It's hard to untangle my feelings for Pearl Jam from my own personal experiences over the years I've spent listening to their music, and especially my salad days of the 1990s. They were the first band that I truly felt spoke to me. It was as if they stole the lyrics right out of my head. Eddie Vedder was the first rock star I ever cared enough about to want to be like. During the 1990s, he was sometimes dismissed for being overly earnest and overly serious. This was utter bullshit. If you paid any attention to the band, it was clear that Vedder was intelligent, kind, and in possession of a gleefully dark sense of humor. He was also incredibly thoughtful and appeared to simply feel things in ways that could often be crippling to him and was often mocked for this. Even today we all still have that friend who continues to make fun of Vedder and Pearl Jam for these qualities. But Pearl Jam was the perfect tonic for a kid like me who was too thoughtful about his life—to the point of feeling things too intensely or simply wanting to shut out the world so I could feel nothing instead. They showed me that it was okay to be who I was—"You are who you are"—and fuck anyone who tried to tell me differently. They spoke to the various facets of my personality and only further cemented who I was becoming during those years. Being earnest, sarcastic, hopeful, pessimistic, resistant may sound like I'm a Gen X stereotype, but that's fine with me. I think the qualities that an older generation was dismissively assigning to us back then were rebelled against because of the messenger's negativity. They claimed we didn't care about anything; in reality we cared too much about everything. That's why kids like me found Pearl Jam's music so life affirming. They believed in things and even fought for those beliefs, such as their mid-'90s battle with Ticketmaster. They maintained a healthy distrust for authority—"I don't want to hear from those who know"—because why should we trust those in charge who lied and got us into this mess in the first place? It's obviously not as simple as all of this and it only grows more complicated the older you get, when you begin to worry about being part of the problem yourself. As Vedder sings on the blistering and trenchant "Not For You" from No Code's predecessor, the seismic and absolutely essential Vitalogy: "all that's sacred comes from youth / dedication, naive and true / with no power, nothing to do / I still remember, why don't you." Like Vedder, I too remember how it felt to be young and confused, or ignored, or dismissed. Holding on to these feelings as we grow up reminds us of what we believe in and who we want to be.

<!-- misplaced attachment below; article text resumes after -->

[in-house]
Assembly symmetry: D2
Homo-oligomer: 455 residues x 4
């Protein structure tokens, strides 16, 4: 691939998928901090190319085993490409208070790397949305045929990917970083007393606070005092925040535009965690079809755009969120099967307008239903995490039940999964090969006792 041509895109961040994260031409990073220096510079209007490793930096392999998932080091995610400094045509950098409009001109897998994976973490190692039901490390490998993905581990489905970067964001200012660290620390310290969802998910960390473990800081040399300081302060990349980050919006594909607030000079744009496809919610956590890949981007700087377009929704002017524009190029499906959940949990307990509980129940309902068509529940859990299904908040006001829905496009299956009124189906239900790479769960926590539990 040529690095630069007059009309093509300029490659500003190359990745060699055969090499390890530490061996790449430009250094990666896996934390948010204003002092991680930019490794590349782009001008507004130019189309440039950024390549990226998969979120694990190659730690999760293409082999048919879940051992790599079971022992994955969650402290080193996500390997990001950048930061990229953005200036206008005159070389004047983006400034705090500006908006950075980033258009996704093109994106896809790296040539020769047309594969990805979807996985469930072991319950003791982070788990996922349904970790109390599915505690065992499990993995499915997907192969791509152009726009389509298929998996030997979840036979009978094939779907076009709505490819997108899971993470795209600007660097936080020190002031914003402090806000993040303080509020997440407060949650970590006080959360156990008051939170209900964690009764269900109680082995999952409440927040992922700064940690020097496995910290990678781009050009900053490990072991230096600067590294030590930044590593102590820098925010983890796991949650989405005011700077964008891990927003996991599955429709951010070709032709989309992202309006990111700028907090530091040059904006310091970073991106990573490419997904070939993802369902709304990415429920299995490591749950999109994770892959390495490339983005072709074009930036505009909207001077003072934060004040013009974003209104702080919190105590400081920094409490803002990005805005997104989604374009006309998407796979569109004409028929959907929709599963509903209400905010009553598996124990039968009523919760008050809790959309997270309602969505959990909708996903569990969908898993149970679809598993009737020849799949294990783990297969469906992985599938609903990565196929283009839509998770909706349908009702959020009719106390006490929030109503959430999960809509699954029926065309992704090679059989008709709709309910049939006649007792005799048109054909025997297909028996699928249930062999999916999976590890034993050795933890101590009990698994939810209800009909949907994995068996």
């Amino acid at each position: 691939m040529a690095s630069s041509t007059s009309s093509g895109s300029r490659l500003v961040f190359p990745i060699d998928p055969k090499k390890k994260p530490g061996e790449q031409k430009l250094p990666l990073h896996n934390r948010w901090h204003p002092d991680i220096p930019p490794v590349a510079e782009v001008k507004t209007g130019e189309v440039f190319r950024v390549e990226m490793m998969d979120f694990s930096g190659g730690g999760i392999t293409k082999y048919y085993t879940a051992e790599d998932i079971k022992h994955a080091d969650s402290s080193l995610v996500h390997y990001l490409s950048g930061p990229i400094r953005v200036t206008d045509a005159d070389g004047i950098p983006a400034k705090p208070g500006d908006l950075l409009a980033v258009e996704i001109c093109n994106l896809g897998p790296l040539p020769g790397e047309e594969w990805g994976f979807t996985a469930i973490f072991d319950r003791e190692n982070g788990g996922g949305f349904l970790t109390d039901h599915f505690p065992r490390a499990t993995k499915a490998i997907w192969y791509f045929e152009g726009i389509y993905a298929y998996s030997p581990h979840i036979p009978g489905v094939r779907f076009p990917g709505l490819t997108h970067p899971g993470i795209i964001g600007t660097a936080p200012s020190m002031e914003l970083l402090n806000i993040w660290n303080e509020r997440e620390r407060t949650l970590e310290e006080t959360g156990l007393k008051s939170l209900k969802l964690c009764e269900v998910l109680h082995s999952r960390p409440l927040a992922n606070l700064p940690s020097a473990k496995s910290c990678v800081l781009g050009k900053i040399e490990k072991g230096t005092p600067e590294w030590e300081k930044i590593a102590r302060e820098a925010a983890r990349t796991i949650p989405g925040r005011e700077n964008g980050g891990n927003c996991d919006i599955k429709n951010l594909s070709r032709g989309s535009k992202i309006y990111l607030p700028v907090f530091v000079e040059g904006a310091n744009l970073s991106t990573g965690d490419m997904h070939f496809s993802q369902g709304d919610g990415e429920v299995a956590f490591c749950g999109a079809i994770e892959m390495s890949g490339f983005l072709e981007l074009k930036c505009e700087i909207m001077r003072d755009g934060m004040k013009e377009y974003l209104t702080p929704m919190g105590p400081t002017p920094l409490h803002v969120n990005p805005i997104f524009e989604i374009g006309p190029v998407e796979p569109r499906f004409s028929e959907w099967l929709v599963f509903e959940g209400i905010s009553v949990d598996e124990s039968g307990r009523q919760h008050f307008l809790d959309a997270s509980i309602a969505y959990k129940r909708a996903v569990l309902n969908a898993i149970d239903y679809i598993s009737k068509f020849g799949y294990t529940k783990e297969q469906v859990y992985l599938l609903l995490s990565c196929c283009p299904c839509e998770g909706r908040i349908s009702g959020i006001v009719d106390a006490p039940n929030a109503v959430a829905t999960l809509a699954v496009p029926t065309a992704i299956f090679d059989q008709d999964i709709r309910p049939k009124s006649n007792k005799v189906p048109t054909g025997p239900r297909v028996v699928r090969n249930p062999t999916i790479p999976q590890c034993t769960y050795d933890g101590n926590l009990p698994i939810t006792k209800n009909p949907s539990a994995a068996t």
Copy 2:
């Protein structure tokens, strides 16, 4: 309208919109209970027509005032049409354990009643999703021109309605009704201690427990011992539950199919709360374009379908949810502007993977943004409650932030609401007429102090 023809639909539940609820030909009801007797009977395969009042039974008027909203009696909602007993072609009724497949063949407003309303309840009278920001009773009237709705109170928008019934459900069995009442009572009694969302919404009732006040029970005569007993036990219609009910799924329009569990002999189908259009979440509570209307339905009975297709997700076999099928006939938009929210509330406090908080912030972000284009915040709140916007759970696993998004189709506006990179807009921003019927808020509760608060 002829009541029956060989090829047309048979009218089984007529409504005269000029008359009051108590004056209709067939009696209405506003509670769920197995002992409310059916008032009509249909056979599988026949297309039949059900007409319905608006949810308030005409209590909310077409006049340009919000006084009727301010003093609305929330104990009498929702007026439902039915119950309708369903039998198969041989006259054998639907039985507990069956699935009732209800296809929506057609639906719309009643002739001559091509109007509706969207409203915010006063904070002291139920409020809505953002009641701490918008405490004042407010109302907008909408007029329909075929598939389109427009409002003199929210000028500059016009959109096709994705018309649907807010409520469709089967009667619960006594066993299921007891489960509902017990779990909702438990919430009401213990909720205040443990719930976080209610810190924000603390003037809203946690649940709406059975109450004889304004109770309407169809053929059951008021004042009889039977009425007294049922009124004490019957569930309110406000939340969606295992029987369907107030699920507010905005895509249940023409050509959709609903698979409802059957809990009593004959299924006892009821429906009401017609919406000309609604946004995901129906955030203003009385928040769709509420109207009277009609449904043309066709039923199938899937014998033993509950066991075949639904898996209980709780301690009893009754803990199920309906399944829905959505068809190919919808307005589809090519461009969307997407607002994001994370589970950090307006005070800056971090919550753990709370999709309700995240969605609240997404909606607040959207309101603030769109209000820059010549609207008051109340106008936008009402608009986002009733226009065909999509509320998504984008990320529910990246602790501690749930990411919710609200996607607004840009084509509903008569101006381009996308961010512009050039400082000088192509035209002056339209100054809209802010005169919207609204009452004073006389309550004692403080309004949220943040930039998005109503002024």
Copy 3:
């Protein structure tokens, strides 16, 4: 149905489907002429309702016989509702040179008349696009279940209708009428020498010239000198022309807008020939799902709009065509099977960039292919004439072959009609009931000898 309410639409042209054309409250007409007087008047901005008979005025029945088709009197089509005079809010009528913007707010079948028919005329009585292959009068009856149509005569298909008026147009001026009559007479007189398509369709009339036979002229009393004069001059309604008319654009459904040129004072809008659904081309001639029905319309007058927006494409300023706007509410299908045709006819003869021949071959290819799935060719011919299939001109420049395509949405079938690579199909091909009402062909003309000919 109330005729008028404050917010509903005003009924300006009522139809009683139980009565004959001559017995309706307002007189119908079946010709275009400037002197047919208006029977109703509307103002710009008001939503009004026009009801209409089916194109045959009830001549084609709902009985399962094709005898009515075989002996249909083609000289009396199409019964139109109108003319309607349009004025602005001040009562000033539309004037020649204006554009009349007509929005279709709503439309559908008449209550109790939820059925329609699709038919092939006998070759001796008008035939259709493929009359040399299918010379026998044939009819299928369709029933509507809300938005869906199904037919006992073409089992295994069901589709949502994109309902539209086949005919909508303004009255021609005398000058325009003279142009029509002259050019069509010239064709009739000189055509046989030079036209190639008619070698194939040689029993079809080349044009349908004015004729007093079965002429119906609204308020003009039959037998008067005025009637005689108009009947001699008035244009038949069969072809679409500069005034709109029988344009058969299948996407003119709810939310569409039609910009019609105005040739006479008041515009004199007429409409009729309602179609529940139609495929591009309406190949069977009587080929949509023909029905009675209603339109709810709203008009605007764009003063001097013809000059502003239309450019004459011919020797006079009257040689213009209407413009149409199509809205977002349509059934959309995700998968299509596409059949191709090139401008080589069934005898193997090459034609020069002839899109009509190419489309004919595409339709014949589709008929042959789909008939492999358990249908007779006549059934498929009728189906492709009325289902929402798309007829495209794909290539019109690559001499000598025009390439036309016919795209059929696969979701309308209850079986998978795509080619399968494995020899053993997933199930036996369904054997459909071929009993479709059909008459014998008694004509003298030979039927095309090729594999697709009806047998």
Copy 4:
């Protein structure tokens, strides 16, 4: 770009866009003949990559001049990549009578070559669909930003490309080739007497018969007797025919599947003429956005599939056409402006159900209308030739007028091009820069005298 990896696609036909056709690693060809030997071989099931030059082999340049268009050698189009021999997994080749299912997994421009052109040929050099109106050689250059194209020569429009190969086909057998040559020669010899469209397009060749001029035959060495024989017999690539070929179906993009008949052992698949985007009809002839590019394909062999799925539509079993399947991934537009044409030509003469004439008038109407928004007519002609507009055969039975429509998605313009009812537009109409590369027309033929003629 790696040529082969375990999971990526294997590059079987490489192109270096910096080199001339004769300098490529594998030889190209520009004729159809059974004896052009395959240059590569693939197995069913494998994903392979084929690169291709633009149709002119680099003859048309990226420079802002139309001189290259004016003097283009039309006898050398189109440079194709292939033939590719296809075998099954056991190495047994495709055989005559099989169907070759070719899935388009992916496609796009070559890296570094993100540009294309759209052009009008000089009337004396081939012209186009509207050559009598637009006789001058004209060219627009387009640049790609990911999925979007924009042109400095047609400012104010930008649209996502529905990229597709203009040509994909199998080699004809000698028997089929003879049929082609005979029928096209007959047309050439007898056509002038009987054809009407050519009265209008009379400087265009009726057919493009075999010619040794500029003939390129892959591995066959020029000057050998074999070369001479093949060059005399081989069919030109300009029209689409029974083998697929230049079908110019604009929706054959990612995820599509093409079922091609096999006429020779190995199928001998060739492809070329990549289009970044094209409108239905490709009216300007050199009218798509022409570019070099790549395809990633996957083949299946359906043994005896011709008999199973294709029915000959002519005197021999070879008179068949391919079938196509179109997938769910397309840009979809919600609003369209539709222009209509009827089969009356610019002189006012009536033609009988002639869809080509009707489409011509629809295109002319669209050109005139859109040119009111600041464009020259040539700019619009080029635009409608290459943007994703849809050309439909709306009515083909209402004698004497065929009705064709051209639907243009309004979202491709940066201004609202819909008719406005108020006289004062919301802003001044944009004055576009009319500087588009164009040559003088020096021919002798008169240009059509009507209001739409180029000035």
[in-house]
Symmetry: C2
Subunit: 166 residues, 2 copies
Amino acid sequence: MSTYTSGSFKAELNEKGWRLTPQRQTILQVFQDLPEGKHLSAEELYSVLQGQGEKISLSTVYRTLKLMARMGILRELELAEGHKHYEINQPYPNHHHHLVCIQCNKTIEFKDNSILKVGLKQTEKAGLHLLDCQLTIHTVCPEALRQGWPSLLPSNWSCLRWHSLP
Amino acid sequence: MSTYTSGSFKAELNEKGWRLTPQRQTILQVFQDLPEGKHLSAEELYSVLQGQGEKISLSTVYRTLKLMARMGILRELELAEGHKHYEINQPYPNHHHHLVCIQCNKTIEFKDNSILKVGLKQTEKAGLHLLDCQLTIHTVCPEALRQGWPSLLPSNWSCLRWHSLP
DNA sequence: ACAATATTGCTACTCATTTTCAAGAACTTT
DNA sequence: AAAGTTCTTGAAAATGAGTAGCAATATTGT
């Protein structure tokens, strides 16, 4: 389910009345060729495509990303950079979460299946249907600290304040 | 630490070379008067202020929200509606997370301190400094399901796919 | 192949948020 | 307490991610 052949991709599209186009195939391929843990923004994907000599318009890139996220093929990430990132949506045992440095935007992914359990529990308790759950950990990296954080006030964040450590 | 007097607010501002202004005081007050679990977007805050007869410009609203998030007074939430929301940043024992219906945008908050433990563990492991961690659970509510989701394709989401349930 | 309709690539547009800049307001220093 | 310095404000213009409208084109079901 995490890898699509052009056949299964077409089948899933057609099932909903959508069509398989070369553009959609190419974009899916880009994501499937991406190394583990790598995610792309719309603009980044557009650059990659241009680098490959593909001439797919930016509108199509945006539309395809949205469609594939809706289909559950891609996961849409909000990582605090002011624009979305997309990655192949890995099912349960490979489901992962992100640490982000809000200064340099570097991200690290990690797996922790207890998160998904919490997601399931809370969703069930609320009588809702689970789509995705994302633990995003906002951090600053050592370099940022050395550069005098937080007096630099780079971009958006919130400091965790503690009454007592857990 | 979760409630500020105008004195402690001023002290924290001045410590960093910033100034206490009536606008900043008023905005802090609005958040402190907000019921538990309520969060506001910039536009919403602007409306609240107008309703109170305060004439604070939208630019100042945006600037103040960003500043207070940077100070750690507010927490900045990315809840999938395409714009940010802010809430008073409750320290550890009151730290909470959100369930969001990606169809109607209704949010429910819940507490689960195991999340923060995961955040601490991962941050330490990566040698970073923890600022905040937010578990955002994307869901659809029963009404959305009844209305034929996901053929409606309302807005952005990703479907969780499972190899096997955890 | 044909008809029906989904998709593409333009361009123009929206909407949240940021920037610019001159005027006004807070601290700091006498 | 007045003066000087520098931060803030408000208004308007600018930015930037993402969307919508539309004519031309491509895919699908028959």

In the summer of 1996 I was wading into a sea of uncertainty. By contrast, the previous summer had been spent working long and grueling hours at a catering job with other malcontents and goofballs, breaking free for nightly adventures with a couple of close friends, and finally dating a girl I'd crushed on for years only to discover that she was actually as cool as I'd dreamed she was. In other words, it was good summer. Of course I didn't always realize how good I had it at the time. Youthful angst and insecurities combined to cloud my perspective a bit. I've written about that summer, which was in many ways the last time that I was mostly free of responsibility—I had two years of college left so the urgency was still barely visible off in the distance. By the summer of 1996 though, that urgency was approaching like a speeding bullet. I was jobless and bummed out about it, plus I lived long distance from the girl I'd been dating since spring semester—the same girl, incidentally, who became the woman I've built a life with that includes two amazing children. So I was madly in love that summer, in a way I'd never been before, but also increasingly nervous about what lay ahead after senior year. It was at this point in late August that No Code dropped, and to say I'd been eagerly anticipating it would be an understatement. In the envelope, tucked inside one of the many letters we sent each other that summer, my future wife included an article about No Code. Is it any wonder I married this woman? A few days later the album released and I bought it as soon as the record store opened. I played it endlessly for days, weeks, and months even, completely addicted to its offbeat musical charms and deeply personal words. In a series of introspective songs, some slow and contemplative and others loud and fast, Vedder and the band provided a blueprint for how to proceed. Things wouldn't be easy, they might even get more difficult (they did), but if I remained true to myself and let the surrounding bullshit recede a bit, then I could get through anything. I've returned to that notion repeatedly in my life, especially when facing what feel like impossible obstacles. Having even a partial sense of who I am helps get me through it all.